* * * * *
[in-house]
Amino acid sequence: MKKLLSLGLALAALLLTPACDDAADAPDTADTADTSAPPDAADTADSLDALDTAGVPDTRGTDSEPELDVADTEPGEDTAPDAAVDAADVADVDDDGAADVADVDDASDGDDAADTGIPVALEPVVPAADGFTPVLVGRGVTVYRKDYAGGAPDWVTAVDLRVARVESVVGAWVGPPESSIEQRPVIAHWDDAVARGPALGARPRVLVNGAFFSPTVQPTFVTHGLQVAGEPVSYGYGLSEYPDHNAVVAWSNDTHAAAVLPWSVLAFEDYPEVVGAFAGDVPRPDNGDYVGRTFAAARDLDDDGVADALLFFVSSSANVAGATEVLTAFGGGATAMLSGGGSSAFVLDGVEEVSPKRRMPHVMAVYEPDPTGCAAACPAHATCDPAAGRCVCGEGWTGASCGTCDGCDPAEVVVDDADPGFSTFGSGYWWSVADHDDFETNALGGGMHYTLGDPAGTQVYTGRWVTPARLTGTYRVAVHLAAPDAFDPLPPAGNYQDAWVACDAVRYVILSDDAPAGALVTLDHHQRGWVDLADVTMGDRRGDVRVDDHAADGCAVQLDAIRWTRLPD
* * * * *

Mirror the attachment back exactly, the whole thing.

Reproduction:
[in-house]
Amino acid sequence: MKKLLSLGLALAALLLTPACDDAADAPDTADTADTSAPPDAADTADSLDALDTAGVPDTRGTDSEPELDVADTEPGEDTAPDAAVDAADVADVDDDGAADVADVDDASDGDDAADTGIPVALEPVVPAADGFTPVLVGRGVTVYRKDYAGGAPDWVTAVDLRVARVESVVGAWVGPPESSIEQRPVIAHWDDAVARGPALGARPRVLVNGAFFSPTVQPTFVTHGLQVAGEPVSYGYGLSEYPDHNAVVAWSNDTHAAAVLPWSVLAFEDYPEVVGAFAGDVPRPDNGDYVGRTFAAARDLDDDGVADALLFFVSSSANVAGATEVLTAFGGGATAMLSGGGSSAFVLDGVEEVSPKRRMPHVMAVYEPDPTGCAAACPAHATCDPAAGRCVCGEGWTGASCGTCDGCDPAEVVVDDADPGFSTFGSGYWWSVADHDDFETNALGGGMHYTLGDPAGTQVYTGRWVTPARLTGTYRVAVHLAAPDAFDPLPPAGNYQDAWVACDAVRYVILSDDAPAGALVTLDHHQRGWVDLADVTMGDRRGDVRVDDHAADGCAVQLDAIRWTRLPD